Indeed, Strayhorn's openness about his sexuality meant that more than half a century ago, in a very different America, he could not bask in the spotlight and wide acclaim lavished upon his boss, Ellington. So Ellington, obviously a genius in his own right, benefited from the wizardry of music Strayhorn wrote for the Ellington organization, with Strayhorn enjoying few of the accolades.
"Duke ended up being somewhat complicit in the subordination of Strayhorn," Strayhorn biographer David Hajdu says in the 2007 documentary film "Billy Strayhorn: Lush Life."
"He didn't actively diminish Strayhorn, squeeze him out. But he allowed it. And I think it was a mistake. A big mistake made by a great man capable of better."
Or as composer-scholar Gunther Schuller put it in the film, Strayhorn became, "in the highest sense, a slave" to Ellington.

Strayhorn centennial celebrations, such as the upcoming Strayhorn Festival and the Strayhorn book, can serve as a posthumous corrective, belatedly giving Strayhorn his due as master composer and pioneer of equal rights. That the festival occurs in the wake of Supreme Court decision legalizing same-sex marriage in all 50 states makes the occasion all the more timely.
"He was very important to our society in many, many ways," says Claerbaut of her uncle who died in 1967 at age 51. "And a lot of that history has been underrated.
Among the festival's many events, two stand out: Jeff Lindberg's Chicago Jazz Orchestra performing newly commissioned arrangements of Strayhorn's music on Sept. 4 in Millennium Park during the Chicago Jazz Festival; and "Lush Life: The Music of Billy Strayhorn," featuring singers Darius de Haas and Joan Curto with pianist Alan Broadbent, the Joel Hall Dancers, orchestra and chorus in concert, at the Auditorium Theatre on Nov. 21.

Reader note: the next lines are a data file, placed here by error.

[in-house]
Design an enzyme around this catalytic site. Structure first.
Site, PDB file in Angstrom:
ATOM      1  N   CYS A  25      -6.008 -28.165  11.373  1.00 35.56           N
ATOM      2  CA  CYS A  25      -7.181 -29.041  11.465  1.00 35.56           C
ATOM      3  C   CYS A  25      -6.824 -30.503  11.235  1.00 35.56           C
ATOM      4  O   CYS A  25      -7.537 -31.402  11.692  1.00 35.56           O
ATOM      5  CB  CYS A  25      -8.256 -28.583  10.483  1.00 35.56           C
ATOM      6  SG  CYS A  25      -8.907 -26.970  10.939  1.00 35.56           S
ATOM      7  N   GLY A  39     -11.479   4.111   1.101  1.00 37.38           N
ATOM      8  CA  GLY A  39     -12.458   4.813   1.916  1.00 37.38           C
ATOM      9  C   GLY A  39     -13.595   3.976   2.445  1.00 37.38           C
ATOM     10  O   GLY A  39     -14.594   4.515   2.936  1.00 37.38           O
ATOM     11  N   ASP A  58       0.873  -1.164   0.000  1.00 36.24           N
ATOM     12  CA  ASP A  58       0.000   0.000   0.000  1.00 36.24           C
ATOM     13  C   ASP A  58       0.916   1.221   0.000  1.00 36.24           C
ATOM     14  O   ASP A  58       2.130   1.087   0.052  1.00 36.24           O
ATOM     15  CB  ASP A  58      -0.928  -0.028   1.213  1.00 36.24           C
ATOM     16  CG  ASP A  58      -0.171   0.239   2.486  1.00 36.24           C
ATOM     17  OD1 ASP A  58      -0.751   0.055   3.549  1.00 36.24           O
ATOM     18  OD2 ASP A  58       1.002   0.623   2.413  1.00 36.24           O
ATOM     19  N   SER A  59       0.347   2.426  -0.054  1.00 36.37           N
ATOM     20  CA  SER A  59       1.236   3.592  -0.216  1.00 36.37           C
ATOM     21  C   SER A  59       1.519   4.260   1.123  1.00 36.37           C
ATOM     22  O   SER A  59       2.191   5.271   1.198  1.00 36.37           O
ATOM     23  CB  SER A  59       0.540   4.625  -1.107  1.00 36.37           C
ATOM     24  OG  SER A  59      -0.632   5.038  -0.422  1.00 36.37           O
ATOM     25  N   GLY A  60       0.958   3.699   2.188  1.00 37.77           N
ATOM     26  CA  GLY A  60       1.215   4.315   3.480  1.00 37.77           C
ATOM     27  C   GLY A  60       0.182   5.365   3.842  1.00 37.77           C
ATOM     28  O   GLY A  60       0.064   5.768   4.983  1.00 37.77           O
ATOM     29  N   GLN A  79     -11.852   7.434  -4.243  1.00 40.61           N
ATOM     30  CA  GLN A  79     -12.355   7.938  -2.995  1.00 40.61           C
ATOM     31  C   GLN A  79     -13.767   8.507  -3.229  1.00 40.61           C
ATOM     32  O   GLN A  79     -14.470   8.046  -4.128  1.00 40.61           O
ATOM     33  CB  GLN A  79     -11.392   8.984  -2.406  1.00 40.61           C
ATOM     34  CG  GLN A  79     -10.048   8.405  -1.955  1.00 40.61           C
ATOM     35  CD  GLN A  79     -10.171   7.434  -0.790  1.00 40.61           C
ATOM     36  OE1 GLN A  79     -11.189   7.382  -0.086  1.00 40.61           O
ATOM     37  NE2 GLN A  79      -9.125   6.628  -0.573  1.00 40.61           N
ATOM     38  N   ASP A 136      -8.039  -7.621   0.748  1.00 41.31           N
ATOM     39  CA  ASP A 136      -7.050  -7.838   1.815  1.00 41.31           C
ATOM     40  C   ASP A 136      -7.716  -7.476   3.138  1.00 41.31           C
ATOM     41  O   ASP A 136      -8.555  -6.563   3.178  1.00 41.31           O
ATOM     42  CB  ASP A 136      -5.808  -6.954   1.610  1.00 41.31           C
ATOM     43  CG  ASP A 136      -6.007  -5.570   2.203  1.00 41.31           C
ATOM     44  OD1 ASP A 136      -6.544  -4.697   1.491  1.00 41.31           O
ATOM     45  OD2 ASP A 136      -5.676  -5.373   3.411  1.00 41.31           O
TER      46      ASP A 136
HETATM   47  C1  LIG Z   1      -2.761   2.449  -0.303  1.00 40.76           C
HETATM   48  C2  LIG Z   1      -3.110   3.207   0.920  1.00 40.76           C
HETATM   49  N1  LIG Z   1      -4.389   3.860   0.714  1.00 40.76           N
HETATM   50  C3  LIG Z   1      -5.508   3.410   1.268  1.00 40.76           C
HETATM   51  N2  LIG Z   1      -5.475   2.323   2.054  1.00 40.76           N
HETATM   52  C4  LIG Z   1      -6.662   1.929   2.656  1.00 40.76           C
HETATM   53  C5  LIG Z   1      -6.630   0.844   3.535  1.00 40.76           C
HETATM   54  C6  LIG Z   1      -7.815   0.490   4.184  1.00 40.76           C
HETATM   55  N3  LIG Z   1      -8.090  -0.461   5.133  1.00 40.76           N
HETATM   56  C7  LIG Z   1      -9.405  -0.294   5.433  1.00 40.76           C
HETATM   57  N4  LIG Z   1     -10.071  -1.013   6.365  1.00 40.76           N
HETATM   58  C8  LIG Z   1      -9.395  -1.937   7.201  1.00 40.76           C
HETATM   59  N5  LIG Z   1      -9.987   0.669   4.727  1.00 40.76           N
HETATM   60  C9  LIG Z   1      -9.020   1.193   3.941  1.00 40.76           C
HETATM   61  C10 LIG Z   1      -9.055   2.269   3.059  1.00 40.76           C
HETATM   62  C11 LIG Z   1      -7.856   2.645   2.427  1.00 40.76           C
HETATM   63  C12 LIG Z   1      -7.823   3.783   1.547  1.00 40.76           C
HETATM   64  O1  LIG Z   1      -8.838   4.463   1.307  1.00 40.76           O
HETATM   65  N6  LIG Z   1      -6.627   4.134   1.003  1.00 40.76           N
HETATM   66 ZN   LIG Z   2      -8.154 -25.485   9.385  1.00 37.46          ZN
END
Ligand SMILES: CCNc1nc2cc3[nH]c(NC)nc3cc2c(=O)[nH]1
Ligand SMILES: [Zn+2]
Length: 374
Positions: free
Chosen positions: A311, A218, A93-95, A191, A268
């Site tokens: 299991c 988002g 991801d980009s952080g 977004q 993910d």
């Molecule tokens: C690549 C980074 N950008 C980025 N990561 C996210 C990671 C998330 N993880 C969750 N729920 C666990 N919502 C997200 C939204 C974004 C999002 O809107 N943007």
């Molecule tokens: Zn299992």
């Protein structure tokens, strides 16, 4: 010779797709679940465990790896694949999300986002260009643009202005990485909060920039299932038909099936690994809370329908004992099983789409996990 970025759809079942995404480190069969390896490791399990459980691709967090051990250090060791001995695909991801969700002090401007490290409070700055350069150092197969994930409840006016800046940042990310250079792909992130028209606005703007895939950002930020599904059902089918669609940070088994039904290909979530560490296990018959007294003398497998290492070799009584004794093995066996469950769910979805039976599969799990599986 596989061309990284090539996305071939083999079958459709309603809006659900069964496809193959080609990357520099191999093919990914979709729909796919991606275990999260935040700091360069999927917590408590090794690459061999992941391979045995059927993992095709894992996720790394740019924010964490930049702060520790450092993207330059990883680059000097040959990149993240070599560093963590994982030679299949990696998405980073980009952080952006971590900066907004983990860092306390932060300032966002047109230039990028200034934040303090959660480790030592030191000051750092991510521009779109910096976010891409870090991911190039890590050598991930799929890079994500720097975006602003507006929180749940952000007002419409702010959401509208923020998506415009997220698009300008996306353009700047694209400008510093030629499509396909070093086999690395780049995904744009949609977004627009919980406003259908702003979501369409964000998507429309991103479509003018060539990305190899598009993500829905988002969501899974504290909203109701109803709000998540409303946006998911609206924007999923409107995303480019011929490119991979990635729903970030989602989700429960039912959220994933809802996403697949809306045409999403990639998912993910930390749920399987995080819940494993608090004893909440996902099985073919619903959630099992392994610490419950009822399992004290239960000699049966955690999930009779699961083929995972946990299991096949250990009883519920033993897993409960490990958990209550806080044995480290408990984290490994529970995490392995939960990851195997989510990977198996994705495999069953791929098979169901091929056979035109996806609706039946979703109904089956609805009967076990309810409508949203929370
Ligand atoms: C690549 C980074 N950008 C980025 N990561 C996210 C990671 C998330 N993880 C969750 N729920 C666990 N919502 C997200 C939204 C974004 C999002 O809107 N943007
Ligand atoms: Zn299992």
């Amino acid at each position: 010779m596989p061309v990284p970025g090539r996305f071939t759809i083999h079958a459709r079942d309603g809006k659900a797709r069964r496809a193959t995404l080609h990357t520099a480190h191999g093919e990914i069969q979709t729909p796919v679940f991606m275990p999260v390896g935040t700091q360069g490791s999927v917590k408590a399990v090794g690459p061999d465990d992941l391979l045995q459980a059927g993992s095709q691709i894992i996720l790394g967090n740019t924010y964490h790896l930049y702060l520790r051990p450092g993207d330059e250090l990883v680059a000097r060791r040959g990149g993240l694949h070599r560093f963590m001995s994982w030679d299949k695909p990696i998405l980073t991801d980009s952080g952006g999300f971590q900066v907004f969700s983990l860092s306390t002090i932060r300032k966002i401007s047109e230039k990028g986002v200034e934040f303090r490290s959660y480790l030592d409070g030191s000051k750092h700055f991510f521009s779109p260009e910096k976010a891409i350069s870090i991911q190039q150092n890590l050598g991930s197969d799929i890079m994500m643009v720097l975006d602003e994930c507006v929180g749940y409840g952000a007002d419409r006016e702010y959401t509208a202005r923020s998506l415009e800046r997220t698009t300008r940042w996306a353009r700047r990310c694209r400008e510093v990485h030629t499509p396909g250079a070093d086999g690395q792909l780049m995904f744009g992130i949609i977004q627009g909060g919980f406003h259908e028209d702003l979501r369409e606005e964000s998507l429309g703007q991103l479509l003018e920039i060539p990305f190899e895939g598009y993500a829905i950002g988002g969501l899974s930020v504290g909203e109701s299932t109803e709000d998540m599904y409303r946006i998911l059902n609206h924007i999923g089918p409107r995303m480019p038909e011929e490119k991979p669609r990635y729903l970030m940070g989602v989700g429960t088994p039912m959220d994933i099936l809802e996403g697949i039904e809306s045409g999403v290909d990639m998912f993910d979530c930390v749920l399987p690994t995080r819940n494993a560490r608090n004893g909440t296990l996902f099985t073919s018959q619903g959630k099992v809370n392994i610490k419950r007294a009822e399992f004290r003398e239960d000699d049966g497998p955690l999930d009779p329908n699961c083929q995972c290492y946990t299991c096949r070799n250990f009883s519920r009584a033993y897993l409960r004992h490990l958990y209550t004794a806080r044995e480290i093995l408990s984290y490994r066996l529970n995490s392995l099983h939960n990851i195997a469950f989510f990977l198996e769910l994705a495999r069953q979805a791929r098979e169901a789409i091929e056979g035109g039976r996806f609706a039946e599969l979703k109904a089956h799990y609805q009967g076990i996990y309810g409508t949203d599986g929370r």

What does Batterson hope will come of all this music, discussion and analysis?
"It's the social message, along with the entertainment value," says Batterson.
Few jazz figures combine those themes more poignantly than Strayhorn.
Following are highlights of the Billy Strayhorn Festival as it now stands, with events to be added. For details, visit or phone 312-341-2310.
Chicago Jazz Orchestra. Jeff Lindberg's band kicks off the festival with new versions of Strayhorn repertoire; 8:30 p.m. Sept. 4 at the Pritzker Pavilion in Millennium Park, near Randolph Drive and Michigan Avenue; free; go to
Mike Smith Quartet. Saxophonist Smith and pianist Baskin will collaborate on music of Strayhorn; starting at 9:30 p.m. Sept. 23 at Andy's Jazz Club, 11 E. Hubbard St.; $10; 312-642-6805 or

"The Life and Music of Billy Strayhorn." Northwestern University Professor E. Patrick Johnson collaborates with Kim Hunt, Johari Jabir and Cedric Brown in a discussion of Strayhorn's life, with musical performance and recordings. 4 p.m. Oct. 4 at Center on Halsted, 3656 N. Halsted St.; free;
"Jazz'n on the South Side" featuring Dee Alexander. The great Chicago singer performs music of Strayhorn. 7 p.m. Oct. 7 at Caribbean Cove, 8020 S. King Drive.
D'Erania. The saxophonist performs Oct. 30 at T&JJ's, 718 S. 5th Ave., Maywood.
"Strayhorn: an Illustrated Life" (Agate Bolden). The coffee table book includes a foreword by Ramsey Lewis and essays by authors David Hajdu, Walter van de Leur and film director Robert Levi; to be published Nov. 10; $35.

"Lush Life: The Music of Billy Strayhorn." The festival's grand finale will be a revue of Strayhorn's music featuring vocal soloists, dancers, chorus and orchestra. In addition, the Auditorium will present its first annual Eighth Wonder Award. 8 p.m. Nov. 21 at the Auditorium Theatre, 50 E. Congress Parkway; $29-$68; tickets go on sale 10 a.m. Friday; 312-341-2300 or